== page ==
This preview shows pages 1–3. Sign up to view the full content.
This preview has intentionally blurred sections. Sign up to view the full version.View Full Document
Unformatted text preview: 1 COMD 2050 Chapter 18: Language and regional variation Standard English Standard English is the form of English that is: Used in newspapers and books Taught in schools Used by the mass media Taught to native speakers of other languages Whats the difference? Accent is the term that describes aspects of our pronunciationsour allophonesthat identify where a speaker is from (geographically or socially). She is purty. Dialect is the term that describes all aspects of language (e.g., grammar, semantics) and pronunciation that identify where a speaker is from (geographically or socially). African American English Hawaiian Pidgin (AKA Hawaiian Creole English) 2 Dialect A dialect is a systematic variety of a language specific to a particular region or social class. An idiolect is the specific linguistic system of a particular speaker. Dialectology is used to distinguish between two different dialects of the same language and two different languages. The rule of thumb is that different dialects are mutually intelligible but different languages are not. Regional Dialects Stereotypic dialects and stereotypic pronunciations In dialect surveying it is important to identify acceptable formants: NORMS non-mobile, older, rural, male speakers Linguistic Atlases Developed in the early 1900s Show the distribution of dialects by identifying consistent features of speech in various regions...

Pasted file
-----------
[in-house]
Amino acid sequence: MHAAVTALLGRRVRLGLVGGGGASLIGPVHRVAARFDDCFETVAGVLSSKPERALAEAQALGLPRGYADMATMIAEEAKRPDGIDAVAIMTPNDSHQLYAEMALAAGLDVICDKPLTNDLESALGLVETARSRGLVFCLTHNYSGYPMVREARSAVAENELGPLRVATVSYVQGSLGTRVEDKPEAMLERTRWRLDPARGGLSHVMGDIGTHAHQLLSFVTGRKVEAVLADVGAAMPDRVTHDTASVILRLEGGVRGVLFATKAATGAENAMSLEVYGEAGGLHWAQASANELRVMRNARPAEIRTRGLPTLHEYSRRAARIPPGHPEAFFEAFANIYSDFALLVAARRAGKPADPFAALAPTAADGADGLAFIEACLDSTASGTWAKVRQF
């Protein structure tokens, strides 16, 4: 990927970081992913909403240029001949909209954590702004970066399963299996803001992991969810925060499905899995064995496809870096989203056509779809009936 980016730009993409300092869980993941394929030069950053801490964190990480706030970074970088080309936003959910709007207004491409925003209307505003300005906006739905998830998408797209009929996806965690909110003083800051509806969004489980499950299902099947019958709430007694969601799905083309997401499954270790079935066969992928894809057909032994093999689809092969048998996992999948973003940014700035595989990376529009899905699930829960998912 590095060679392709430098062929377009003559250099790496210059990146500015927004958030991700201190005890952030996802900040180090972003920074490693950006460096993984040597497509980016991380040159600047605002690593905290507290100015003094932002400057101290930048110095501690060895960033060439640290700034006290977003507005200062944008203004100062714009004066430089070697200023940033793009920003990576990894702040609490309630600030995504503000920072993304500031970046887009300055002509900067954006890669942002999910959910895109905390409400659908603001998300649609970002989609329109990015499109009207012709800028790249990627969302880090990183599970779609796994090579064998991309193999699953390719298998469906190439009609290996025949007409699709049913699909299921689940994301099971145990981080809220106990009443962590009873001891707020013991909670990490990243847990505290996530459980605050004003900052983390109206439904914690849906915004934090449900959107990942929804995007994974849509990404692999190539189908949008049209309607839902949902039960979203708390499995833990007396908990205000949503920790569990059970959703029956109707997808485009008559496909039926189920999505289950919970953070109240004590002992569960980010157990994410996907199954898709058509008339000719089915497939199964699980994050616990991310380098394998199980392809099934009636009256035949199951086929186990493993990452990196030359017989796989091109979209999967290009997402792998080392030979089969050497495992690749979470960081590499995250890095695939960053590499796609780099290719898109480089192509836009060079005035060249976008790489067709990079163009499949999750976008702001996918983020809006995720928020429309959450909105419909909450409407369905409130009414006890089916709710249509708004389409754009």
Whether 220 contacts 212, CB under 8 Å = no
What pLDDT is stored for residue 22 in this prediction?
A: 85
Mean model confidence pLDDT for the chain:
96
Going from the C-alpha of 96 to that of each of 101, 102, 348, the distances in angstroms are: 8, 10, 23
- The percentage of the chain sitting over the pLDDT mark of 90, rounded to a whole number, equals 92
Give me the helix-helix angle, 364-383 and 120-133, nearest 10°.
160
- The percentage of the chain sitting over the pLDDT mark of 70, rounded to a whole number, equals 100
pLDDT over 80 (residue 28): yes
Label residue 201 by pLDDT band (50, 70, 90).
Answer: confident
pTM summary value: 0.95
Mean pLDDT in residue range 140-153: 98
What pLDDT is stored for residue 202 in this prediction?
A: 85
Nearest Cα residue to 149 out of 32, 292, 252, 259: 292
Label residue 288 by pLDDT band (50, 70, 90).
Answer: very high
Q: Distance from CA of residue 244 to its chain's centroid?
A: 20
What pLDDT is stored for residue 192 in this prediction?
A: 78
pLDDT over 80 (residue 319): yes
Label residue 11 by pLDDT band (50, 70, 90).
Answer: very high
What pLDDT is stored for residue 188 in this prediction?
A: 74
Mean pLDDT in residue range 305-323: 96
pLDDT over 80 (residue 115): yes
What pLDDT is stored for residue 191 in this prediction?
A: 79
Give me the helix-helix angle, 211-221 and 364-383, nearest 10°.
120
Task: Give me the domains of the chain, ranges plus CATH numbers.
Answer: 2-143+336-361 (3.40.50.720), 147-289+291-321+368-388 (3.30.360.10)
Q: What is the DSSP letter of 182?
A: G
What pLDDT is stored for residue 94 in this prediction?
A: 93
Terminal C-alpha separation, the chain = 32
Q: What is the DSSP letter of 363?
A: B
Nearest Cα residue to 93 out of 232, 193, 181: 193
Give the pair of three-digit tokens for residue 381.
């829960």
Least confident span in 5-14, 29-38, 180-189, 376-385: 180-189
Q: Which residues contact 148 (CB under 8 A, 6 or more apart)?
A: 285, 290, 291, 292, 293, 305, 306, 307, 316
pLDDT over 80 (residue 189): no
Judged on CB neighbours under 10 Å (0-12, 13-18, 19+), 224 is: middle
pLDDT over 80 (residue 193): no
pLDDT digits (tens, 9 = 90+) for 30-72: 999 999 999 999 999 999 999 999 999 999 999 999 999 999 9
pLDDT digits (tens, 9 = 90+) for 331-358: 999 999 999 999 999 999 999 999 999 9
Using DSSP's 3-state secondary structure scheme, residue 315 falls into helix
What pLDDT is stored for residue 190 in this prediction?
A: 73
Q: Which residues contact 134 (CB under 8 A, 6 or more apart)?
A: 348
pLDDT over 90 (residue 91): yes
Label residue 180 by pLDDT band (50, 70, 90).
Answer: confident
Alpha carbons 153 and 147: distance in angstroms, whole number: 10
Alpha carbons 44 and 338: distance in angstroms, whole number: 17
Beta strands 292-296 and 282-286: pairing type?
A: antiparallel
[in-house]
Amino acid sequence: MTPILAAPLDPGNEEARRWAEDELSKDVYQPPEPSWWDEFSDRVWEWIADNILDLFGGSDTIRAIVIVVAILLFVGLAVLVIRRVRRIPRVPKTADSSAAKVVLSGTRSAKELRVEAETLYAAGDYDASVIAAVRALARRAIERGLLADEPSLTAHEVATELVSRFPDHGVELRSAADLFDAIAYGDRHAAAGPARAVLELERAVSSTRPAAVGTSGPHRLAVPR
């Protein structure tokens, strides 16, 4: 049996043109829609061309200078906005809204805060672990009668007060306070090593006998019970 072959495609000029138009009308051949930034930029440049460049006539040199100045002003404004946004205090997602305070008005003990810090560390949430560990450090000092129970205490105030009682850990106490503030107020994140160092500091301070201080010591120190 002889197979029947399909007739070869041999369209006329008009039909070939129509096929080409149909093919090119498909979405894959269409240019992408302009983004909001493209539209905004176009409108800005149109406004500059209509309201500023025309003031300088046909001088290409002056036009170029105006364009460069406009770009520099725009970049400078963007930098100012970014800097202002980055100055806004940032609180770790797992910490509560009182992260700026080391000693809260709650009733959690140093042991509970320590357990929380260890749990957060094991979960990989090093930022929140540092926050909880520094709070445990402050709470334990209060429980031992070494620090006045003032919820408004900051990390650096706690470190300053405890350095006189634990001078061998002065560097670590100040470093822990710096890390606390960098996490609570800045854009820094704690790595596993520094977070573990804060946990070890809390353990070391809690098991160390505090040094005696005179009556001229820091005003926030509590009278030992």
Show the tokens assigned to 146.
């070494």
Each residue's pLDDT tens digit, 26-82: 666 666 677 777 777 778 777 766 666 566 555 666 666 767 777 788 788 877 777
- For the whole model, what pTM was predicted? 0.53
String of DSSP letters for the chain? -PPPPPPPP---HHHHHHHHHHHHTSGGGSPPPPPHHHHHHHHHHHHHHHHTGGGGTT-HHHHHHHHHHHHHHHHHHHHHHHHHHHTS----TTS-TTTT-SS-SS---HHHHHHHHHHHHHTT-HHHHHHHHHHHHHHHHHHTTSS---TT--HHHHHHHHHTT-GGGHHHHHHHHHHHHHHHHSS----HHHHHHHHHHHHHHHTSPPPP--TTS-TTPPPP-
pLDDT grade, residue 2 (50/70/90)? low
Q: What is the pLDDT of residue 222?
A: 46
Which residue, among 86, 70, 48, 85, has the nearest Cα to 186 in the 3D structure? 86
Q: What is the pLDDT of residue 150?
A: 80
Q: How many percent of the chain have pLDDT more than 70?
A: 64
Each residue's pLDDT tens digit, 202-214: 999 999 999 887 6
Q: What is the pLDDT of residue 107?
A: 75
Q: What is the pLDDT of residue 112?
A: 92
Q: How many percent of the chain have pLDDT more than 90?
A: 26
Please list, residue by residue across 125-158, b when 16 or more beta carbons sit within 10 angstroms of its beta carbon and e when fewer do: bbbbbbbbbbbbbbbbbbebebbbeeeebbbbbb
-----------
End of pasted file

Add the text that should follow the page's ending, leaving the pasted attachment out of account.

View Full Document
- Fall '11